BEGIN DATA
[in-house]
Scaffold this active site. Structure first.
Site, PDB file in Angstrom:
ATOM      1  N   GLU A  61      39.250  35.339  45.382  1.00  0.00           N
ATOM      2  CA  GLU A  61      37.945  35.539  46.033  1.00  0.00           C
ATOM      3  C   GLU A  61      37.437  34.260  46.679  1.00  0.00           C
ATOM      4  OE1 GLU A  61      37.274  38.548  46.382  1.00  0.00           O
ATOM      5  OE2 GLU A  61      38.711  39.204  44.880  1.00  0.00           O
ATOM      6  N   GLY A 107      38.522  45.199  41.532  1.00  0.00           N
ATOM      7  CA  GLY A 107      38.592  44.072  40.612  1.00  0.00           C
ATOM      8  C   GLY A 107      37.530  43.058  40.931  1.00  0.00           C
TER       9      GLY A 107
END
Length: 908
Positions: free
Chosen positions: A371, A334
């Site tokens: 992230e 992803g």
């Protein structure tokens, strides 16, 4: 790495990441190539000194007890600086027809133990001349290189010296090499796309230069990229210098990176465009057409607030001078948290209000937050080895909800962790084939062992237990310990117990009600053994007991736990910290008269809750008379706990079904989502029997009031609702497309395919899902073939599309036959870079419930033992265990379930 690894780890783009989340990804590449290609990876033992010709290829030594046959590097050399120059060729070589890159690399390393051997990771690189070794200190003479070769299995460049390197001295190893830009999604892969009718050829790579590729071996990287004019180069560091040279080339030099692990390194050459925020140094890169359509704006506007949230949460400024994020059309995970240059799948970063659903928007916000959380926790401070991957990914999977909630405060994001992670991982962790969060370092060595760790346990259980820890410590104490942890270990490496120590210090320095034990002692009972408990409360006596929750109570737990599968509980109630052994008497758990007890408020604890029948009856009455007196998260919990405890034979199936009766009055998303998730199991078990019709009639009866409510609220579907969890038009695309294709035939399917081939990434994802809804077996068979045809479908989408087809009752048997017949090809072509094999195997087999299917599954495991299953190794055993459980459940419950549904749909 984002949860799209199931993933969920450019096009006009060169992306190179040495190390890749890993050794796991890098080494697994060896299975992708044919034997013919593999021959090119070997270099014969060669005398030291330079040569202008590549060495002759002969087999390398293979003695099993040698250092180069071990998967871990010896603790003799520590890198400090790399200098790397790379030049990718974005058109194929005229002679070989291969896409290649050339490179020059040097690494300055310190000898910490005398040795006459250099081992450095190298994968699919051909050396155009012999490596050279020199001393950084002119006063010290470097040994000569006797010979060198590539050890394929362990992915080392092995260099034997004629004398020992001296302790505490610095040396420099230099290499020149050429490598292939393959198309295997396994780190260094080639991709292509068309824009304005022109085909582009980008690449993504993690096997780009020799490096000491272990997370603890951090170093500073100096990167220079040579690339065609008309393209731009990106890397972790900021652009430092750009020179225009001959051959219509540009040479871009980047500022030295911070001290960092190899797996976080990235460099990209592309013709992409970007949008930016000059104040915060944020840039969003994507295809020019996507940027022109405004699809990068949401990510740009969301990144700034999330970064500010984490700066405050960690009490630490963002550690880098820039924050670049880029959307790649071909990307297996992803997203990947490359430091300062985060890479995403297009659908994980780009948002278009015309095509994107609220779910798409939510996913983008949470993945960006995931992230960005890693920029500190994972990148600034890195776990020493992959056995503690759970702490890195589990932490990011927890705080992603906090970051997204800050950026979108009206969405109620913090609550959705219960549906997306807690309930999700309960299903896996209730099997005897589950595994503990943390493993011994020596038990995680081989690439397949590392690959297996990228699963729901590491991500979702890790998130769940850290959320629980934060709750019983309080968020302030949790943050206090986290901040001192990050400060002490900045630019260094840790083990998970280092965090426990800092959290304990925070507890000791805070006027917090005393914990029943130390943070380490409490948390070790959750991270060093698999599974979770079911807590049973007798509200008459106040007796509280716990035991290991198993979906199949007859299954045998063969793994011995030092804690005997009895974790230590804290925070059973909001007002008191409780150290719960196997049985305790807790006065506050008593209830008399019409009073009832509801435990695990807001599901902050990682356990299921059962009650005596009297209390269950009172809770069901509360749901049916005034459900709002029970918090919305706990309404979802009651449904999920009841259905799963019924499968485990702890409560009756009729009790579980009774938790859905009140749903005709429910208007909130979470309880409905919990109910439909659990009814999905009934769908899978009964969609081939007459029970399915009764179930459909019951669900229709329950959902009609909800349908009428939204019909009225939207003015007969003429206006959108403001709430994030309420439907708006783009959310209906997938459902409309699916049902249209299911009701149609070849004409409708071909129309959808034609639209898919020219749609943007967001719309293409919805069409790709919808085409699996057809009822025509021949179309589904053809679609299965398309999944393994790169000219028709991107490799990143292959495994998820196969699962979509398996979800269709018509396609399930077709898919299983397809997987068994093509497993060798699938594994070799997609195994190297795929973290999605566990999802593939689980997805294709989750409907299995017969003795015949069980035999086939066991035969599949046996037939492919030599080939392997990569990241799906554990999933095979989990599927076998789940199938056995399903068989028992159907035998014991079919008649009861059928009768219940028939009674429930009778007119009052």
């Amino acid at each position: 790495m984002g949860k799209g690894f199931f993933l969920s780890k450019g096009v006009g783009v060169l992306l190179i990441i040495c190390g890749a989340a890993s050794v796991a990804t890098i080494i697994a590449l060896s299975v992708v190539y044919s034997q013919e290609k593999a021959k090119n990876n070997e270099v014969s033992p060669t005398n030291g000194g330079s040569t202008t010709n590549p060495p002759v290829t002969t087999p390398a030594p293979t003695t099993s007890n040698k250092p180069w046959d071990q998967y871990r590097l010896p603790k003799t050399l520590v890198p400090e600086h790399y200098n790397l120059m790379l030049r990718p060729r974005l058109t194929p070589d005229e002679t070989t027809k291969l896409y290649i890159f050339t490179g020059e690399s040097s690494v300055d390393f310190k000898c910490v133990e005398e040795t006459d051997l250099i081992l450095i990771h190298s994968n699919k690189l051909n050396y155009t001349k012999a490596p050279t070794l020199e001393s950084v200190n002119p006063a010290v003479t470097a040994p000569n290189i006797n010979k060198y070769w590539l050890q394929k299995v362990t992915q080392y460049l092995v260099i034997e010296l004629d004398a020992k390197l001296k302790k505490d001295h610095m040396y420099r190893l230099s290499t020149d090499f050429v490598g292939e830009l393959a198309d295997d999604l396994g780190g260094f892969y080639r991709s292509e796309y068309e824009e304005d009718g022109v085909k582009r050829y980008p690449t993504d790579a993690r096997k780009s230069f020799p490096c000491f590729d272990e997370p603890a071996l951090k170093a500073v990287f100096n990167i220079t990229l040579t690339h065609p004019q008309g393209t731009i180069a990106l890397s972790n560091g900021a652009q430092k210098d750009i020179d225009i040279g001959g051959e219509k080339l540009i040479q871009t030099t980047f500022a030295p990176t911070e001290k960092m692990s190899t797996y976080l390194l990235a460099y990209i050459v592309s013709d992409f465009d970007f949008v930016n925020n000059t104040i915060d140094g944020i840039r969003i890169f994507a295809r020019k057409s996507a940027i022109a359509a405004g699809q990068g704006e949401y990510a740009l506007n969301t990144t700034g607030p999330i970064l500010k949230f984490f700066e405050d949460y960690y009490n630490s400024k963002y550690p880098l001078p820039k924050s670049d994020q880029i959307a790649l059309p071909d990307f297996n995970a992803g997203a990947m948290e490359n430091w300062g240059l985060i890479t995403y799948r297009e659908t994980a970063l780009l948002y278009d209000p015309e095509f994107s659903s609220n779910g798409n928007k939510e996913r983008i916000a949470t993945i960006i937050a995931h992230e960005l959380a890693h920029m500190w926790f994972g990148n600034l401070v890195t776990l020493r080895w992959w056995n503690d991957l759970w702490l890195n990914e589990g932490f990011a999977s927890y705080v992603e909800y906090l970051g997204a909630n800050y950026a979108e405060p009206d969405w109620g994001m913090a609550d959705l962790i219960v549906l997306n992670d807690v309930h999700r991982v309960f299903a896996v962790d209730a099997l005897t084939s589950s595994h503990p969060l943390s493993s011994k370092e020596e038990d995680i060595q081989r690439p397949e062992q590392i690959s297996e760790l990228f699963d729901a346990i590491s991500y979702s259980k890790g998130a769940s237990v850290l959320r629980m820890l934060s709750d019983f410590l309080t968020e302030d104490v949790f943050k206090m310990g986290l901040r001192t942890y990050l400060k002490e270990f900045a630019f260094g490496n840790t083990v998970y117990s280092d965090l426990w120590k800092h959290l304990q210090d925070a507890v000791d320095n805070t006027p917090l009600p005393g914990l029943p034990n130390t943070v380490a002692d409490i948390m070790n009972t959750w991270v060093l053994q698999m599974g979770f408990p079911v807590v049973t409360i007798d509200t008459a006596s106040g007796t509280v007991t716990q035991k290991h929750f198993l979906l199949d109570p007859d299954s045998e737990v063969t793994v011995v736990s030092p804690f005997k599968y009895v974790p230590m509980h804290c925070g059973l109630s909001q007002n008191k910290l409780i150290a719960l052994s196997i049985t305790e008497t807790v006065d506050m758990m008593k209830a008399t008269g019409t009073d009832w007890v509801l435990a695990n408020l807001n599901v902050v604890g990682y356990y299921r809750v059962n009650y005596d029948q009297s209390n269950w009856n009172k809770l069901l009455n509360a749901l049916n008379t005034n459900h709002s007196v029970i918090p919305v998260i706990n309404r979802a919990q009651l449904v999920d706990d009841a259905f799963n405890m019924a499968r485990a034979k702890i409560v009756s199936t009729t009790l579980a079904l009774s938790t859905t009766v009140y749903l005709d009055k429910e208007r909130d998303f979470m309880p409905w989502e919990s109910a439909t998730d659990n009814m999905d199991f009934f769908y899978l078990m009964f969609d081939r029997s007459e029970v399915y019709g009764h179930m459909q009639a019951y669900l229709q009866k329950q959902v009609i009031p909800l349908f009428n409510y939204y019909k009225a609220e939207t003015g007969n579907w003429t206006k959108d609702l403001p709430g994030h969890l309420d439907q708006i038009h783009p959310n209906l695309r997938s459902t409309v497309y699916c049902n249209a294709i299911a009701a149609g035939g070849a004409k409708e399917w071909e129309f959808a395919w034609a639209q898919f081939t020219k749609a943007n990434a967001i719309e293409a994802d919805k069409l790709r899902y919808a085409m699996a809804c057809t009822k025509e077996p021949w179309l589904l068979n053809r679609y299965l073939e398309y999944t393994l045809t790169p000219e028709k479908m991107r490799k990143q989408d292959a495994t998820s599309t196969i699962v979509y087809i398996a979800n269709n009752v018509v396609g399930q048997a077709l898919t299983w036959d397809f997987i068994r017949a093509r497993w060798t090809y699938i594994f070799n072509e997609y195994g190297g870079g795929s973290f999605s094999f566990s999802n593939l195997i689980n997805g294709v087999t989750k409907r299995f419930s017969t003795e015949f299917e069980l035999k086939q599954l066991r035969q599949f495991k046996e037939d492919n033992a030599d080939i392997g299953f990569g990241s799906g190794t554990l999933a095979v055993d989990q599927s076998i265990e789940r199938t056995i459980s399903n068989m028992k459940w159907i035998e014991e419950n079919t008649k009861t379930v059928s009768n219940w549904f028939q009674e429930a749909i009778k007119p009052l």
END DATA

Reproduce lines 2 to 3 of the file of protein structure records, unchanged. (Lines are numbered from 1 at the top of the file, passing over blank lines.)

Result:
Scaffold this active site. Structure first.
Site, PDB file in Angstrom: